Some birthmothers and adoptive families observe the second Saturday in May as Birthmother’s Day. I find myself thinking about our birthmother on this day, although I still haven’t figured out what I’ll say to my daughters about it. Some adoptive families light candles or toast the birthmothers; probably I’ll just pray for their birthmother and foster mothers at our family bedtime prayer.
While I comfortably wrote about my daughter having Three Mothers— her birthmother, her foster mother, and me—in practice, I have to admit that talking about it with my daughters is less comfortable. In short, I sometimes have trouble practicing what I preach: namely, that although my husband and I are my daughters’ sole parents, they have had three mothers who have loved them and nurtured them.
I enthusiastically tell others how grateful I am to these two other women, yet with my daughters I found myself hesitating to use the word “birthmother”, let alone “first mother” or “other mother”, as some children’s books refer to them. Instead I spoke of her as “the lady whose tummy you grew in”. We are fortunate to know her first name, as that makes it easier to talk about her without struggling for a title word. In practice, we refer to our daughters’ birthmother by first name, to their foster mothers by the Korean word for mommy, (as older babies, they used this term for her themselves prior to adoption) and to me as Mommy or Mom.
Many people have open adoptions in which they get together which their children’s birthparents. I have learned much from reading their stories. I would also be interested in hearing from any readers of this blog who would be willing to share their own stories of open adoption.
For myself, I have a sheet of background information including name and province, age, education level, occupation, religion, family members. I was asked to write the birthmother and send pictures one month after each girl’s arrival in my home. I have sent one or two brief updates since; I tell myself I ought to send more. These were put into the Korean adoption agency file in case the birthmother inquired. I do not know if she has ever come back to ask or not.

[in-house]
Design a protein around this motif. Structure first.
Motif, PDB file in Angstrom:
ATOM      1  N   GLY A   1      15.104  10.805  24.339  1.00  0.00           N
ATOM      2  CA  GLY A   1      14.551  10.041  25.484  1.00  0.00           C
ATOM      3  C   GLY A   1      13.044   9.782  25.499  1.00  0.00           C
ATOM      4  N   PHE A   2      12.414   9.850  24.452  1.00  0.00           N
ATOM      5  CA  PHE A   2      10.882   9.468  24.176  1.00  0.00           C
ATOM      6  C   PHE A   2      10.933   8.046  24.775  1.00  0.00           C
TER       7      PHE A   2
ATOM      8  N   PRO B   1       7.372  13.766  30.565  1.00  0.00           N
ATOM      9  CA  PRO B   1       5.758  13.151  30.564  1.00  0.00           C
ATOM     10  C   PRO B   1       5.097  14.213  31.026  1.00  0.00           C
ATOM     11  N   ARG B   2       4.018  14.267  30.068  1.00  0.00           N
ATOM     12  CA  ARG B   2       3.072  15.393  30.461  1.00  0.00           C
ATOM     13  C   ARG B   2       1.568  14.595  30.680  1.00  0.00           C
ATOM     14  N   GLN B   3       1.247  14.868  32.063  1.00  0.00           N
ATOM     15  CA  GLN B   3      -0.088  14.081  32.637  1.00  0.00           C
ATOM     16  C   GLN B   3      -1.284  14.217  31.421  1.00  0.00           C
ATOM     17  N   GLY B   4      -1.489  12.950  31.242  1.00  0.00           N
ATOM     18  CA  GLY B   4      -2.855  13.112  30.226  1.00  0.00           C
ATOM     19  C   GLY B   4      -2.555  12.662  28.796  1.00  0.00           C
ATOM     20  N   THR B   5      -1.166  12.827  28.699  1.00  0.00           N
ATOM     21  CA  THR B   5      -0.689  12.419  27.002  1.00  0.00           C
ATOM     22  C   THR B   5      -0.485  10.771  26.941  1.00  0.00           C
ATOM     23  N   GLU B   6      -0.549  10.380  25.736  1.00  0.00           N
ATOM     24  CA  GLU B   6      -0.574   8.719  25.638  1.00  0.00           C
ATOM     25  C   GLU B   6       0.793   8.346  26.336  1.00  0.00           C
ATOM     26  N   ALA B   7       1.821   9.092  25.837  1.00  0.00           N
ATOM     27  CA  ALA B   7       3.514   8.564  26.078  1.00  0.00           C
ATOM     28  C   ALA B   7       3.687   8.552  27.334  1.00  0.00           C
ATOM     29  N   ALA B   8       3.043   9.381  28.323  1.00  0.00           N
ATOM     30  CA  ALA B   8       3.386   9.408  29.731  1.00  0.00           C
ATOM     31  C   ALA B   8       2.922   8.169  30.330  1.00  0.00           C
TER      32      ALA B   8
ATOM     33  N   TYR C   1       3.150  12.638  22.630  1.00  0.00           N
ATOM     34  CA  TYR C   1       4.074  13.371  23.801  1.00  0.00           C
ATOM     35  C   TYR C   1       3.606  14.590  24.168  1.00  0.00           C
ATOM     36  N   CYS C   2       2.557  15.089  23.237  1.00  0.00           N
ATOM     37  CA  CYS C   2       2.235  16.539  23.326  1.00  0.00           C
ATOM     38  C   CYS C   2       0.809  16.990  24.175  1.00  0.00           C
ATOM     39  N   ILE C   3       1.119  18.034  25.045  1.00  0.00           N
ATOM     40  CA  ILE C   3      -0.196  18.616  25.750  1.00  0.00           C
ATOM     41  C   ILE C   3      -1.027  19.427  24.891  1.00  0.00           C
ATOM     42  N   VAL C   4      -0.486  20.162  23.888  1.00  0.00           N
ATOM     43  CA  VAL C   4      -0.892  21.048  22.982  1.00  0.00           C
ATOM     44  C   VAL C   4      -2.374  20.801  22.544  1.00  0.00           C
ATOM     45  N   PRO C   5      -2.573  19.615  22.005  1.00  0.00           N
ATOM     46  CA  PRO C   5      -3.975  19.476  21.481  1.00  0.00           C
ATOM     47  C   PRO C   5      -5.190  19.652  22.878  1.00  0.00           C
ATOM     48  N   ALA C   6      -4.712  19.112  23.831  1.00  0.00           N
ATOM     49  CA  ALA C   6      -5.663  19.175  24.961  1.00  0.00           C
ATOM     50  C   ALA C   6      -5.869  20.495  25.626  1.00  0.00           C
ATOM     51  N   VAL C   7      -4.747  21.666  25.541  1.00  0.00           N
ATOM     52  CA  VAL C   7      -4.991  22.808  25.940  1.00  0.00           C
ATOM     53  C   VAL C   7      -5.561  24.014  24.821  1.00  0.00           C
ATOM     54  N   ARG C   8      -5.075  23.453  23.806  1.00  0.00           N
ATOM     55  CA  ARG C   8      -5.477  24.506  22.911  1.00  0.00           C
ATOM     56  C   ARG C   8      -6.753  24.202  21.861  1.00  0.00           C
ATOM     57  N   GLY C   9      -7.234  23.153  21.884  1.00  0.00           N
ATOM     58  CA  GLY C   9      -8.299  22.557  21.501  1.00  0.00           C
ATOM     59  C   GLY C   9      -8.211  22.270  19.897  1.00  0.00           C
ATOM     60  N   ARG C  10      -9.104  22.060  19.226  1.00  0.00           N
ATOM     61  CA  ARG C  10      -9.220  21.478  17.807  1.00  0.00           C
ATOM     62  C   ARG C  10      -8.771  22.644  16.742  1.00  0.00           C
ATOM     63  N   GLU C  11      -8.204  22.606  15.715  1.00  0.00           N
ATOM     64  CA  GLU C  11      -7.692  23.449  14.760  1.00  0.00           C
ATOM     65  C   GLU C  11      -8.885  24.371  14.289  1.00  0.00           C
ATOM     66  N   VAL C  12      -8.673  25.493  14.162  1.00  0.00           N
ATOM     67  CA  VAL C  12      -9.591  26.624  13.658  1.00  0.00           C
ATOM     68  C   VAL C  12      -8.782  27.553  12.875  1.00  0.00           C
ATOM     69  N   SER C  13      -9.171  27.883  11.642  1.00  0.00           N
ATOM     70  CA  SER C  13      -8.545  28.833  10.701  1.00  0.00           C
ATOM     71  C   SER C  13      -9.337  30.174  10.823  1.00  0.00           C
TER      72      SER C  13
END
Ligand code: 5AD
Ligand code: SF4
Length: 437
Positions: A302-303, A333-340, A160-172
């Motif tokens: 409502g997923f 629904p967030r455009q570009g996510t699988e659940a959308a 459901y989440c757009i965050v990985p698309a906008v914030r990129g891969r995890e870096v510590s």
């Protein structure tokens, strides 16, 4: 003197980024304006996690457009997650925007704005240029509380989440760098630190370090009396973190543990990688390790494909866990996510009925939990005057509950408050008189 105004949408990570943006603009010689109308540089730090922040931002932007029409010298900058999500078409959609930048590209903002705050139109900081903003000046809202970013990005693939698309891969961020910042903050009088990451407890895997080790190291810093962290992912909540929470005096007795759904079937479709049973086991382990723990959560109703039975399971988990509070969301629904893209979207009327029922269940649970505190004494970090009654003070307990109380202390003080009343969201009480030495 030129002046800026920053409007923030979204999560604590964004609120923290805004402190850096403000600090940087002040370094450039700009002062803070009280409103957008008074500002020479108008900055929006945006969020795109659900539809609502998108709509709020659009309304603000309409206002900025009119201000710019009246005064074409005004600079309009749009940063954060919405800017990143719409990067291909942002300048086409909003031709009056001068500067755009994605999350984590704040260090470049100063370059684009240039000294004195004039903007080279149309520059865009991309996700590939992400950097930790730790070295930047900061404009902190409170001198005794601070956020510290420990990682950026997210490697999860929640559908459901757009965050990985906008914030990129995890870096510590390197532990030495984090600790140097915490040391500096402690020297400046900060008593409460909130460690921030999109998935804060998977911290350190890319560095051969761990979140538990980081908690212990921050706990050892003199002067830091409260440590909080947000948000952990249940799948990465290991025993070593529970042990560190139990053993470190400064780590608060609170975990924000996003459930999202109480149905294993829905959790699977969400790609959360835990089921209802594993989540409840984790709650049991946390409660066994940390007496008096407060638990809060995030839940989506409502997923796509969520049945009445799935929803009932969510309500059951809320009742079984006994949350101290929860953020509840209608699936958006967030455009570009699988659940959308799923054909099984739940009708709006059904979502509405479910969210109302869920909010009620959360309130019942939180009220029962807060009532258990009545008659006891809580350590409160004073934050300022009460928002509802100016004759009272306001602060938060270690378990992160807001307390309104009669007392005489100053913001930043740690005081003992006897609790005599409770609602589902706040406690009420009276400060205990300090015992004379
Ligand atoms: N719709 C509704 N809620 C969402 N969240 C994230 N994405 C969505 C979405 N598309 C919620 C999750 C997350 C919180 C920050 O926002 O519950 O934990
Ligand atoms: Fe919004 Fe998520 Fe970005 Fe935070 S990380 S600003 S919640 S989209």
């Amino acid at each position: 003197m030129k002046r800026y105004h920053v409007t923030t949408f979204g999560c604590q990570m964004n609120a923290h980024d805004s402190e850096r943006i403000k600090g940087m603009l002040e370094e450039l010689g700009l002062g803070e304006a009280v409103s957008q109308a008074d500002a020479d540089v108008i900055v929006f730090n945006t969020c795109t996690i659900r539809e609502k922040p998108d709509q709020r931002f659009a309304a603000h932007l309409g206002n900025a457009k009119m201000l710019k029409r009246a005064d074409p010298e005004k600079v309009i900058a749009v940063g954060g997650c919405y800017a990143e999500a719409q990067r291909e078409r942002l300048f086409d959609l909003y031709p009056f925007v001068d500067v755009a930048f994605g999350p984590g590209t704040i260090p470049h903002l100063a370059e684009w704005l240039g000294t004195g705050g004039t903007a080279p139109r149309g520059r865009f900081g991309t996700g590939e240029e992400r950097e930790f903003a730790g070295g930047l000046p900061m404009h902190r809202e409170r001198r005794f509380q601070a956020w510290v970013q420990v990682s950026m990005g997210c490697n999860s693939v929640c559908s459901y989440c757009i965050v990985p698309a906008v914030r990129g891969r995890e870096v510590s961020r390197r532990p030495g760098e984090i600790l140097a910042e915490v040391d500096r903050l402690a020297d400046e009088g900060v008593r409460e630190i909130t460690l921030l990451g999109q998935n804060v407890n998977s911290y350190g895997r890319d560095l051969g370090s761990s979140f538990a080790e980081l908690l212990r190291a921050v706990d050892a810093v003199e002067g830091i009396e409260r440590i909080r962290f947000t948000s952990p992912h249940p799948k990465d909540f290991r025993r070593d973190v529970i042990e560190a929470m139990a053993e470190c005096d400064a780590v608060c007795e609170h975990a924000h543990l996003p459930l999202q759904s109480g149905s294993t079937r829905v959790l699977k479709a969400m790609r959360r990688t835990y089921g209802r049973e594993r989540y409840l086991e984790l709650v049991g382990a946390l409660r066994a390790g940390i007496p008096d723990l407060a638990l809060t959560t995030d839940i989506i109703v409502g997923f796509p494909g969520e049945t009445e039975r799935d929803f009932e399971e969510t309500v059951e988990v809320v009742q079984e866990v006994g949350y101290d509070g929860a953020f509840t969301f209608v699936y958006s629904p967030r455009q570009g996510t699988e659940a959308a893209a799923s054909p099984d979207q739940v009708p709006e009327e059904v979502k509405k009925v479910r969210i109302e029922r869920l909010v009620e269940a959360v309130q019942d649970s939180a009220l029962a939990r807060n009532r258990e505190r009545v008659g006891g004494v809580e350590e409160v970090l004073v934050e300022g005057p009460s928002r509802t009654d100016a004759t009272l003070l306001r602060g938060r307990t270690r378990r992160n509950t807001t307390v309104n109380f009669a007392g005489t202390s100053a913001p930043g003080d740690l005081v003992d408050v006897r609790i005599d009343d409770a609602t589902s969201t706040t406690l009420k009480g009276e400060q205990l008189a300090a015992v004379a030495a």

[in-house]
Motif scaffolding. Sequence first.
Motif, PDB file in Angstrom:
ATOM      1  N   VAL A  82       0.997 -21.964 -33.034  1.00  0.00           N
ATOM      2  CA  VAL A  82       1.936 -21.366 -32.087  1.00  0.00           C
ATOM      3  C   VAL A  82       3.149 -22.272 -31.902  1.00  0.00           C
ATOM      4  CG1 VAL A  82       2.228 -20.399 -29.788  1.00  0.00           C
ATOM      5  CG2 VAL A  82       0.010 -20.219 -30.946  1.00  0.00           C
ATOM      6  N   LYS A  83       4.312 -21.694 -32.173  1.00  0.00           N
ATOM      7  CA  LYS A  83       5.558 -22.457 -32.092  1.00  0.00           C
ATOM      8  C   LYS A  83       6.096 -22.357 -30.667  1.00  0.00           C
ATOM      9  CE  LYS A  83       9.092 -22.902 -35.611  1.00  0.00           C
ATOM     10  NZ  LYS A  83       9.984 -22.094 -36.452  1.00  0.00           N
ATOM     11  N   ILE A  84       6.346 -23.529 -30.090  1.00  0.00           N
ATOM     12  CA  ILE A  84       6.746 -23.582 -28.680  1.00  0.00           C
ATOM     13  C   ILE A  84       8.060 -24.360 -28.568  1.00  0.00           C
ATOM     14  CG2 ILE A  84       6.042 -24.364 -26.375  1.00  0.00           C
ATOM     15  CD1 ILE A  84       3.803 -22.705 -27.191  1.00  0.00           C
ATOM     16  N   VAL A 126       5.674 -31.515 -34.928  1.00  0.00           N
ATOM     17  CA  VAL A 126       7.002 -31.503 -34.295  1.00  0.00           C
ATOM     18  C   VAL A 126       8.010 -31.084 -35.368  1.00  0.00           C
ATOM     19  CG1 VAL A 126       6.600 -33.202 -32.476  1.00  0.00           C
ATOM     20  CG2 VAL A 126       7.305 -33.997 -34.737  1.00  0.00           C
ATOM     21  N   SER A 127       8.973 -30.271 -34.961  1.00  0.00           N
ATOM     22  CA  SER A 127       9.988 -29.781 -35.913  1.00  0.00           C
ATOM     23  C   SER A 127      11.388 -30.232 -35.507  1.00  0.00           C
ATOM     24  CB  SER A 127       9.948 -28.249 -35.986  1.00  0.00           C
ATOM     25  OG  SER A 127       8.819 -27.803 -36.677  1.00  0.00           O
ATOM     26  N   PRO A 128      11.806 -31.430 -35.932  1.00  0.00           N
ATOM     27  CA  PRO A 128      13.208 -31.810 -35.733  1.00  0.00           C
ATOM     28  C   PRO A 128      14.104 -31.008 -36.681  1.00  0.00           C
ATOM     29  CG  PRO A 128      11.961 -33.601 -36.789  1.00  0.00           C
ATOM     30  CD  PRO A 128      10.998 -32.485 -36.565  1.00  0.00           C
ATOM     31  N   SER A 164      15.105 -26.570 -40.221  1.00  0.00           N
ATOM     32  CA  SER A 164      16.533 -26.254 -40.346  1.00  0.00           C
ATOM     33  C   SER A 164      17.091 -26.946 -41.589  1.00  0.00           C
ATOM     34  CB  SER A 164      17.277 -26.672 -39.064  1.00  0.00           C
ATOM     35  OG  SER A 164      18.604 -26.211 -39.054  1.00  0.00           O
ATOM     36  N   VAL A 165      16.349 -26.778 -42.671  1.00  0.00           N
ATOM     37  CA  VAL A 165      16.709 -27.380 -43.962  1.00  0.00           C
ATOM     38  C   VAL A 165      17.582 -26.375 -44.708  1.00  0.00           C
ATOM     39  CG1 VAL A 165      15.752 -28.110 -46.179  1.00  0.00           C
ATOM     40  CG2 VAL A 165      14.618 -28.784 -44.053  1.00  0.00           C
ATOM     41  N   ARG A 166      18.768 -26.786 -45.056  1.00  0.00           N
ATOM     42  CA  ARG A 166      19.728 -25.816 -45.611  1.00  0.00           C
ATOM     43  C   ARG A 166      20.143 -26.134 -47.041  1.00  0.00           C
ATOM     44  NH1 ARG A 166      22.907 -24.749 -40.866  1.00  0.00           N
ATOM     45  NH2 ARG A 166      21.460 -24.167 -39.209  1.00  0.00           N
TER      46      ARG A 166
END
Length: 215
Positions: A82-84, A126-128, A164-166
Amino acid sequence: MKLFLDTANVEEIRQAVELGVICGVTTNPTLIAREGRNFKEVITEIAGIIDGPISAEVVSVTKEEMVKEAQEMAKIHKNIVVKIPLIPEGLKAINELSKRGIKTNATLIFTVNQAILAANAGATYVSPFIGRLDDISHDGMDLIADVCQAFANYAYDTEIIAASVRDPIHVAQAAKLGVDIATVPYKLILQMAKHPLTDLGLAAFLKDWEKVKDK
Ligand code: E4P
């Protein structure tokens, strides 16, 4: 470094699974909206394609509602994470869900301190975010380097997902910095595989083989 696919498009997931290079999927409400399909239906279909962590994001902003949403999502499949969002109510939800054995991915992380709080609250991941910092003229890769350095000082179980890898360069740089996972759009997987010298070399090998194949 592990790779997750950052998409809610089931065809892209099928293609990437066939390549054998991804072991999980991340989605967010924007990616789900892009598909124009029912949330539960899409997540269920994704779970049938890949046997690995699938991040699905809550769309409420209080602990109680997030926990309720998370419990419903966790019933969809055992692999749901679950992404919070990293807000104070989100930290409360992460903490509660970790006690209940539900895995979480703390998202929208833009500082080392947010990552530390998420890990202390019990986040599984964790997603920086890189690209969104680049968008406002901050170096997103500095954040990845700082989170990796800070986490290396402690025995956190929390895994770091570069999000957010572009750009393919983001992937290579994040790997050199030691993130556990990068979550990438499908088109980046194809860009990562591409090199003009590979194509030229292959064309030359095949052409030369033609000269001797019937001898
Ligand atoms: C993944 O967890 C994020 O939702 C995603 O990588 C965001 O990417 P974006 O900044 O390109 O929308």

Out of wedlock motherhood is still such a stigma in Korea that many women do not tell their future husbands about having borne a child. In fact our agency now gives out even less identifying information than we had, because some birthmothers were so devastated at being found by their birth children. Nevertheless, many Korean adoptees do find their birthparents.
I have always assumed that when our girls our older, they will meet their birthmother too. I imagine myself hugging their birthmother and thanking her. I imagine her with my daughters’ beautiful eyes. Nonetheless part of me is glad that we don’t have to deal with it on an ongoing basis while the girls are young.
I know (because we adopted her second child) that our birthmother suffered greatly after relinquishing her first baby. Having thoroughly researched countries and cases to make sure there were reasons other than financial that our children could not be well raised by their birth families, I do not feel guilty. I know that my happiness is not the cause of her sorrow.
But her sorrow is the cause of my happiness, and that is a sobering thought.
Sometimes I wonder if it is a little bit (just a little bit) like being an organ transplant recipient. Some recipients greatly desire to meet the donor’s family and thank them. Some pray every day for the donor and his/her family. Nonetheless I imagine it would be difficult to live one’s life if one allowed oneself to constantly think about the donor.
I try to pray frequently for my children’s birthmother. Nevertheless sometimes birthdays and Mother’s Days go by without thinking of her. It seems almost surreal to think of other parents, because although my head tells the story frequently, my heart can no longer remember a time when these children were not my daughters.
So I guess what my heart wants to say to our birthmother and any birthmother is: first, thank you.
And second: can you possibly understand that I love, honor and pray for you, but I just can’t stand to think about you too much?
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